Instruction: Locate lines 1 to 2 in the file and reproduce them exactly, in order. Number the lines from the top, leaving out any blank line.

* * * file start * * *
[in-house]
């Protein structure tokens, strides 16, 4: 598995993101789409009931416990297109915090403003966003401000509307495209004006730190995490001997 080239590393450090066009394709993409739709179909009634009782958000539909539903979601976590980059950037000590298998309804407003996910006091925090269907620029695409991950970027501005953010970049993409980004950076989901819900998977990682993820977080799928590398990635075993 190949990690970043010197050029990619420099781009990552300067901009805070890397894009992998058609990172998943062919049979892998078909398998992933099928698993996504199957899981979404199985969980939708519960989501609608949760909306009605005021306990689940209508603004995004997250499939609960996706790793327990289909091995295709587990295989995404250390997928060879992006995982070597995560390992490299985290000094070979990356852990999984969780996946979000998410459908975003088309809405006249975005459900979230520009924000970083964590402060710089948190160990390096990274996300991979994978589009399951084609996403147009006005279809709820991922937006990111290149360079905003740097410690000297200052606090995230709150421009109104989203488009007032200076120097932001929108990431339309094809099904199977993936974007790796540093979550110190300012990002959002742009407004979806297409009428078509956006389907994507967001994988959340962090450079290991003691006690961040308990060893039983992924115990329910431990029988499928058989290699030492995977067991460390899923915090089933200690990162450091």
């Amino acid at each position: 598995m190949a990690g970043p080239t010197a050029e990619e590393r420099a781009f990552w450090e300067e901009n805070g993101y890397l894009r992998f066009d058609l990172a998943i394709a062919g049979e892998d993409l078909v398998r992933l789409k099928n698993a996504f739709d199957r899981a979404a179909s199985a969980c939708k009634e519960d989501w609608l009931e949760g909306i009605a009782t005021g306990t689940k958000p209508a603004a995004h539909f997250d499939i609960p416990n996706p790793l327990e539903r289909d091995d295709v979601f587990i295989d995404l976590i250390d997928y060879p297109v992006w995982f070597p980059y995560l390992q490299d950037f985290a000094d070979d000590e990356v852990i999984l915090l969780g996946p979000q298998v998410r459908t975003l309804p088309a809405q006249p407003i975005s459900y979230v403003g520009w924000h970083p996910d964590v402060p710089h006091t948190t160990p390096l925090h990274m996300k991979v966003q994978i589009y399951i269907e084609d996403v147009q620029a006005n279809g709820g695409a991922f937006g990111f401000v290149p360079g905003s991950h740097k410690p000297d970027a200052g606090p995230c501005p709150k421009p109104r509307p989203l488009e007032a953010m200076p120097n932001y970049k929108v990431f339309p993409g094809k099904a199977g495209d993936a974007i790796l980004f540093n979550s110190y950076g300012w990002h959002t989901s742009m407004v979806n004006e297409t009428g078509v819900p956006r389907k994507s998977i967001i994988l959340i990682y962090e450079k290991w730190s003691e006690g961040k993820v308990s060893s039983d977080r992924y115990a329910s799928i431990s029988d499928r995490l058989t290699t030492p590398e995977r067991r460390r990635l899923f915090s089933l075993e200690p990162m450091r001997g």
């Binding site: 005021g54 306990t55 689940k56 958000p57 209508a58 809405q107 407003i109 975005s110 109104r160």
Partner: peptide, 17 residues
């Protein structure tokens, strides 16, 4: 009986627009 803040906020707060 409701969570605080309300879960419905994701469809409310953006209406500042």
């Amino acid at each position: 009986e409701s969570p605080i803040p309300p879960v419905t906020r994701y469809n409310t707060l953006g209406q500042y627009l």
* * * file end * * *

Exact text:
[in-house]
């Protein structure tokens, strides 16, 4: 598995993101789409009931416990297109915090403003966003401000509307495209004006730190995490001997 080239590393450090066009394709993409739709179909009634009782958000539909539903979601976590980059950037000590298998309804407003996910006091925090269907620029695409991950970027501005953010970049993409980004950076989901819900998977990682993820977080799928590398990635075993 190949990690970043010197050029990619420099781009990552300067901009805070890397894009992998058609990172998943062919049979892998078909398998992933099928698993996504199957899981979404199985969980939708519960989501609608949760909306009605005021306990689940209508603004995004997250499939609960996706790793327990289909091995295709587990295989995404250390997928060879992006995982070597995560390992490299985290000094070979990356852990999984969780996946979000998410459908975003088309809405006249975005459900979230520009924000970083964590402060710089948190160990390096990274996300991979994978589009399951084609996403147009006005279809709820991922937006990111290149360079905003740097410690000297200052606090995230709150421009109104989203488009007032200076120097932001929108990431339309094809099904199977993936974007790796540093979550110190300012990002959002742009407004979806297409009428078509956006389907994507967001994988959340962090450079290991003691006690961040308990060893039983992924115990329910431990029988499928058989290699030492995977067991460390899923915090089933200690990162450091």